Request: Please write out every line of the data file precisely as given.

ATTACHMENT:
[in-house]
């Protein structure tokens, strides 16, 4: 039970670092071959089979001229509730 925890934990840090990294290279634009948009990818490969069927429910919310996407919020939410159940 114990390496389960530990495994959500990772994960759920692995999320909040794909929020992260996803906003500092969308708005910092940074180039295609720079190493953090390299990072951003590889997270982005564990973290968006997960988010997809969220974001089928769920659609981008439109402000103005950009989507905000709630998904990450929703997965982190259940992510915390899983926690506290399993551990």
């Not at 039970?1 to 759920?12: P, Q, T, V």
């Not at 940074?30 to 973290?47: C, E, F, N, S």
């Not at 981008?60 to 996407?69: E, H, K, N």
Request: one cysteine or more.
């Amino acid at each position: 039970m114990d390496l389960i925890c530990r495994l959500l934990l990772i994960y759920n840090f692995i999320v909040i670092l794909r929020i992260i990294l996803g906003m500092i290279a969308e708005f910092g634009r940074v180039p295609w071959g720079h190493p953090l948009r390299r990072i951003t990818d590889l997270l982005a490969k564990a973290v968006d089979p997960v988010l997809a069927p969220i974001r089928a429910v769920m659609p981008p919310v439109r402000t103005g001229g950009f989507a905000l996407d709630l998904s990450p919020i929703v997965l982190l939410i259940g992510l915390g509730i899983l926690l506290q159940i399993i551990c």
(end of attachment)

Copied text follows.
[in-house]
């Protein structure tokens, strides 16, 4: 039970670092071959089979001229509730 925890934990840090990294290279634009948009990818490969069927429910919310996407919020939410159940 114990390496389960530990495994959500990772994960759920692995999320909040794909929020992260996803906003500092969308708005910092940074180039295609720079190493953090390299990072951003590889997270982005564990973290968006997960988010997809969220974001089928769920659609981008439109402000103005950009989507905000709630998904990450929703997965982190259940992510915390899983926690506290399993551990």
């Not at 039970?1 to 759920?12: P, Q, T, V």
């Not at 940074?30 to 973290?47: C, E, F, N, S």
């Not at 981008?60 to 996407?69: E, H, K, N």
Request: one cysteine or more.
């Amino acid at each position: 039970m114990d390496l389960i925890c530990r495994l959500l934990l990772i994960y759920n840090f692995i999320v909040i670092l794909r929020i992260i990294l996803g906003m500092i290279a969308e708005f910092g634009r940074v180039p295609w071959g720079h190493p953090l948009r390299r990072i951003t990818d590889l997270l982005a490969k564990a973290v968006d089979p997960v988010l997809a069927p969220i974001r089928a429910v769920m659609p981008p919310v439109r402000t103005g001229g950009f989507a905000l996407d709630l998904s990450p919020i929703v997965l982190l939410i259940g992510l915390g509730i899983l926690l506290q159940i399993i551990c």